Tuesday, April 12, 2011

5 Steps for Overcoming Procrastination

All of us battle procrastination at some point in our lives. There are many reasons why we procrastinate. Maybe the task is unpleasant, you don’t have the resources you need, or you need more information to take action. However, if you constantly find yourself putting off tasks, you can benefit from some simple strategies to overcome procrastination.

Step 1 – Admit to the Problem
You must first recognize that procrastination is an issue for you. Do you constantly rush projects, complete things at the last minute, or find yourself missing deadlines? If so, you either suffer from procrastination or you are over-committing to an unmanageable workload. Try to define the root cause of your procrastination to help overcome the issue.

Step 2 - Get Realistic
The key to beating procrastination is to organize and prioritize your tasks. Make a list of everything you need to do the next day and prioritize the list before you go to sleep. When you write something on a list, you give it importance and are more likely to get it done. Break down complex tasks into simple steps so they don’t seem so overwhelming.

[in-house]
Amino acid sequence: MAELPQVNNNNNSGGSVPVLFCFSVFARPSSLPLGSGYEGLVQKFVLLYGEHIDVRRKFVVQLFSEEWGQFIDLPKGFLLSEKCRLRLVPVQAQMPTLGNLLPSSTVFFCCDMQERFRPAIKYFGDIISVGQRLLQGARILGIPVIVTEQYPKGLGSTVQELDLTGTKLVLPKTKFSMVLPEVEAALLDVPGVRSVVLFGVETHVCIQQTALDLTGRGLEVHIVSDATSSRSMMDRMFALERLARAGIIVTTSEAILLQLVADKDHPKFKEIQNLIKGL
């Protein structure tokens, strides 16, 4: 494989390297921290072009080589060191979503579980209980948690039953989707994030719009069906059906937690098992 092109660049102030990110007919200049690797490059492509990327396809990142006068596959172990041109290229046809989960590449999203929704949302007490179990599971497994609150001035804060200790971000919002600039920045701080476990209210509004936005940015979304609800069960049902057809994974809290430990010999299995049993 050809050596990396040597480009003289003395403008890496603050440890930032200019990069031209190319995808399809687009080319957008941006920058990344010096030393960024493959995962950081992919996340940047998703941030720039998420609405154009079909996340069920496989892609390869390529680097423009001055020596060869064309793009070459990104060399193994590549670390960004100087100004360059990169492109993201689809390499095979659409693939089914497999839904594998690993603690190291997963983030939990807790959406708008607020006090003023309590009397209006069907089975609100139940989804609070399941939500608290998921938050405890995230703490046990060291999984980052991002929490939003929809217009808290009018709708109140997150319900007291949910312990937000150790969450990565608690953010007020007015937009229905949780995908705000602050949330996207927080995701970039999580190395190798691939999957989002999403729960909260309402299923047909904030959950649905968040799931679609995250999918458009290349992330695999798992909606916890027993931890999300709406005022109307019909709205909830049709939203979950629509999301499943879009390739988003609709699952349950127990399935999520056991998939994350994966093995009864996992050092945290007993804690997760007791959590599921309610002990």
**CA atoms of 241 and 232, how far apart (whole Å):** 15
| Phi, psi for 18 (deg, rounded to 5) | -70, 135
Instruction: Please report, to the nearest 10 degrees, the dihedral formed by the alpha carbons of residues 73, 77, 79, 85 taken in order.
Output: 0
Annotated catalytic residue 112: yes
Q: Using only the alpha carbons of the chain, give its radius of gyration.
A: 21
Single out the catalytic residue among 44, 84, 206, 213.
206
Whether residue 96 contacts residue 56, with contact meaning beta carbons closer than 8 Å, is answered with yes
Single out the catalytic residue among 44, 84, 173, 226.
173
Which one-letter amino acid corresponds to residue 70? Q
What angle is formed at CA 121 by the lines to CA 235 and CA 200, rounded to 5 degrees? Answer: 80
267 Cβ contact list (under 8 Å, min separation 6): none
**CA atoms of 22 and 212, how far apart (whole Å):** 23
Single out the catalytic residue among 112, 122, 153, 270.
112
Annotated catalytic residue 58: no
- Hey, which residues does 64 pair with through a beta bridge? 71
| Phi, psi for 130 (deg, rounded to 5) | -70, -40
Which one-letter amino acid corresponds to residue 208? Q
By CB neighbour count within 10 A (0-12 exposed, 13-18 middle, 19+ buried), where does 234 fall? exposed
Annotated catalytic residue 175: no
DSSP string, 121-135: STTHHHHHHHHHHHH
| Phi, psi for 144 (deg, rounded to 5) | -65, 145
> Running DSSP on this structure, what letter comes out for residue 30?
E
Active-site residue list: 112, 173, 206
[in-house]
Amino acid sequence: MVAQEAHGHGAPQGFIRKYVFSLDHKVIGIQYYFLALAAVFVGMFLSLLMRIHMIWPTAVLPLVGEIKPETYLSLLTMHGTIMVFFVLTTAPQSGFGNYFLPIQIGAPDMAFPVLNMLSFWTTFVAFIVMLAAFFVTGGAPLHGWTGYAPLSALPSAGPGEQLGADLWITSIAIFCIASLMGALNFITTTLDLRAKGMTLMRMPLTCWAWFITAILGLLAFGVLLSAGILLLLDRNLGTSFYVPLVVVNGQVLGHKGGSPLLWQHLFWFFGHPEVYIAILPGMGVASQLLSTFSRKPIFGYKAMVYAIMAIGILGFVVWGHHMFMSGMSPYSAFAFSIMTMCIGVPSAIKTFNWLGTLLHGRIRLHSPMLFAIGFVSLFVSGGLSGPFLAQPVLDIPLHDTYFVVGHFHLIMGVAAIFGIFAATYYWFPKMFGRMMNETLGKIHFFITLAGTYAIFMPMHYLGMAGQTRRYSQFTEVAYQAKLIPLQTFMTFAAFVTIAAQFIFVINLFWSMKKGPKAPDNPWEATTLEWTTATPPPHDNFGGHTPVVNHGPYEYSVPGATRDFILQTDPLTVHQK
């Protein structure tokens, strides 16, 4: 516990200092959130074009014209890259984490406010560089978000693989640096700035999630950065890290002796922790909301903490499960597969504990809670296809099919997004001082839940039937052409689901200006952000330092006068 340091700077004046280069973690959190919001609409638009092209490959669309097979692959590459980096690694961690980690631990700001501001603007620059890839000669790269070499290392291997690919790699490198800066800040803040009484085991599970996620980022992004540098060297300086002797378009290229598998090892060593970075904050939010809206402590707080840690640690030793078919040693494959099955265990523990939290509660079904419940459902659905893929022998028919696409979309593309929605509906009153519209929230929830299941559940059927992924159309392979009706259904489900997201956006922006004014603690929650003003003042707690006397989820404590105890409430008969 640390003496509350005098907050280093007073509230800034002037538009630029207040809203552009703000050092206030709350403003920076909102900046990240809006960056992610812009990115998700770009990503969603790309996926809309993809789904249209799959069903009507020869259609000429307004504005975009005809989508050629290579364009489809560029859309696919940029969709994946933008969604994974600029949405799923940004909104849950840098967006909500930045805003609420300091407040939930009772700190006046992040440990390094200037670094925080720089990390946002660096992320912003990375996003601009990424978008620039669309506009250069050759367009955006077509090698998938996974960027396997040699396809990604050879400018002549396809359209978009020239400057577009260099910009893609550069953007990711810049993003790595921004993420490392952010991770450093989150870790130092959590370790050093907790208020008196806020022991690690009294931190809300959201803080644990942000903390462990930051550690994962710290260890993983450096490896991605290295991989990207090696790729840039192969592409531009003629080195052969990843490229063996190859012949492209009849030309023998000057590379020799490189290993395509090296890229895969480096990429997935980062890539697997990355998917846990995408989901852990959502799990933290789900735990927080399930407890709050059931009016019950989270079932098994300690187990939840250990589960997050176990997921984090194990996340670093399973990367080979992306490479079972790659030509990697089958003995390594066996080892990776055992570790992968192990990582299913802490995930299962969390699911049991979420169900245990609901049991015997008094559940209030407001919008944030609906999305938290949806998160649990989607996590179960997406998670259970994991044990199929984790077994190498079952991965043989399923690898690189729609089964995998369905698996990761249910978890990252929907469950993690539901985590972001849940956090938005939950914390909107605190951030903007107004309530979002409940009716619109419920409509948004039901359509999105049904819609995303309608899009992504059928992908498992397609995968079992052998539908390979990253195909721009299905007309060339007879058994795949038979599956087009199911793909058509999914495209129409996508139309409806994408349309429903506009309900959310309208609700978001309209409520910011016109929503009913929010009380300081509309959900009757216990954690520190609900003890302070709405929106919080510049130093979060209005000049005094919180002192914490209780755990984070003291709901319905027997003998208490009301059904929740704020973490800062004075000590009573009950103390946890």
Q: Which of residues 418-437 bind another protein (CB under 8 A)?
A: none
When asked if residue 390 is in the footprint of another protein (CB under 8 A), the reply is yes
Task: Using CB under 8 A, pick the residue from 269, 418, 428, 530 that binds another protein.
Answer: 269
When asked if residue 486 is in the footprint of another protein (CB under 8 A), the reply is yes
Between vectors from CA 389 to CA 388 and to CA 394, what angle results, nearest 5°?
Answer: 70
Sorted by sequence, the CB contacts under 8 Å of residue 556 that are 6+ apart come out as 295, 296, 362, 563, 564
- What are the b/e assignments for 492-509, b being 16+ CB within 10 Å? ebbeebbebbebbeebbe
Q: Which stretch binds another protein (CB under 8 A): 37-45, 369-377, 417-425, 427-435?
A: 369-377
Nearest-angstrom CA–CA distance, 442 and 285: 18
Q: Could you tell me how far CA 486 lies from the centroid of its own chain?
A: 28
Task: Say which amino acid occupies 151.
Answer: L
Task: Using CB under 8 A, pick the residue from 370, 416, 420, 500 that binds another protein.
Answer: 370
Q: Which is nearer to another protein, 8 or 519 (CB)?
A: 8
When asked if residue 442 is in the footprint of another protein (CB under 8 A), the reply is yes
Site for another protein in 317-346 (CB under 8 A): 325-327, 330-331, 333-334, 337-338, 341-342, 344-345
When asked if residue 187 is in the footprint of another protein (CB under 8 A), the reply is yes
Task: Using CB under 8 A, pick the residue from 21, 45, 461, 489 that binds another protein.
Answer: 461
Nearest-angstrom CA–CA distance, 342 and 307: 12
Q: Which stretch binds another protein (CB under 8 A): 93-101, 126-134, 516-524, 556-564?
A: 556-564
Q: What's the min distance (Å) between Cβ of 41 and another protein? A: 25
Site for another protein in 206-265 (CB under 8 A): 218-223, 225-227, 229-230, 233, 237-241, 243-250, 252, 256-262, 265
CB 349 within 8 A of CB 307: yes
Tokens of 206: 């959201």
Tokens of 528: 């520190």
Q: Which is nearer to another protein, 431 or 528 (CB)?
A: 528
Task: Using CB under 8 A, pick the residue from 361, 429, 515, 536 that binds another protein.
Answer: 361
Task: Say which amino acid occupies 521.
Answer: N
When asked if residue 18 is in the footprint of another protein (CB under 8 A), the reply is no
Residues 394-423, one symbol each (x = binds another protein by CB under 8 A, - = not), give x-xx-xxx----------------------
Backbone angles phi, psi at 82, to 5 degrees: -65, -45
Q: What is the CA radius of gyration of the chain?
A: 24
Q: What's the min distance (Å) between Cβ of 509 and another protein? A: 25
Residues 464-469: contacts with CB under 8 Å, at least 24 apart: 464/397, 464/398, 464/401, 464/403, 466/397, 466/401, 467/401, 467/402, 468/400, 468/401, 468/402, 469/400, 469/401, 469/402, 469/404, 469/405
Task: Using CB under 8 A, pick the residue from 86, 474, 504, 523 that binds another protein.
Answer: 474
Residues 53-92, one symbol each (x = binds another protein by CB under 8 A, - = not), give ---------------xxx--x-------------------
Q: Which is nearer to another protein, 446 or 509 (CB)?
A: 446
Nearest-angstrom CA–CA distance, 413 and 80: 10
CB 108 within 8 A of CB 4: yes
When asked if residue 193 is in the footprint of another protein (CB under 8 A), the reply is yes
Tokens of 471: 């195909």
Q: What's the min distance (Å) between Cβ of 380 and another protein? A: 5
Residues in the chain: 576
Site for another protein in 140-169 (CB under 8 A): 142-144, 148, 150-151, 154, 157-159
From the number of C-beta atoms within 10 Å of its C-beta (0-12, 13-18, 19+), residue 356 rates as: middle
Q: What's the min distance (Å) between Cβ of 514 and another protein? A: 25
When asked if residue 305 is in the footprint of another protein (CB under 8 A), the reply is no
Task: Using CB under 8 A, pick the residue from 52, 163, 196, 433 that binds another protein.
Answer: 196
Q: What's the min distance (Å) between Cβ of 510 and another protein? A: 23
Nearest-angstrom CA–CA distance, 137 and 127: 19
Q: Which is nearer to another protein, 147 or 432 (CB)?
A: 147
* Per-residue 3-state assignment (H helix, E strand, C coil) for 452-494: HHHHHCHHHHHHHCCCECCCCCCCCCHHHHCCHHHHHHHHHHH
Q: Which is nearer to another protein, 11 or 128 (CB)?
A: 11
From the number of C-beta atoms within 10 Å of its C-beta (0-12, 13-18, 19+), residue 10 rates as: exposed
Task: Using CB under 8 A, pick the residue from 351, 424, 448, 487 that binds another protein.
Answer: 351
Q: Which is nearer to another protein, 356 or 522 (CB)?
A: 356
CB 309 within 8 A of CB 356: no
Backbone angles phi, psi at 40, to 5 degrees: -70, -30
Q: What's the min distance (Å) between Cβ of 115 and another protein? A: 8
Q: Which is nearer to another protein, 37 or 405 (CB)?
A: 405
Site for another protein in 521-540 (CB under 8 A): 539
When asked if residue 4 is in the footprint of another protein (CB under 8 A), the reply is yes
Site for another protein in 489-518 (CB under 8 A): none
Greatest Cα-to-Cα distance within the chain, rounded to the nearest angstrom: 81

Step 3 – Focus, Focus, Focus
To increase your productivity you must avoid distractions. If you have a hard deadline, cut yourself off from interruptions from phone calls, emails, and visitors. Stay focused and get your work done. However, don’t forget to reward yourself for accomplishing tasks. When you finish an item on your list, take a short break and read a chapter in your book, go for a walk, or any small reward of your choice. Rewards are positive reinforcement for being productive. Celebrate your success and give yourself a pat on the back!

Step 4 – Visualize your Success
Visualize the end result of being productive and getting the job done. Imagine having the task off your to-do list. Visualize yourself turning in the finished product and focus on those positive feelings to motivate you to get started. When you expect productivity and positive results from yourself, that is exactly what is likely to follow. Don’t dwell on the negatives of procrastination, instead focus on the benefits of doing what you need to do.

Step 5 – Define the Cost of Procrastination
Ask yourself, what will happen if I put this task off until “later?” Will you have to work until midnight and miss sleep? Will you miss a deadline and make your boss or client unhappy? Will you have to skip a reward, such as spending time with your family or friends to make up the work? Knowing the cost of procrastination may motivate you to get the job done immediately.

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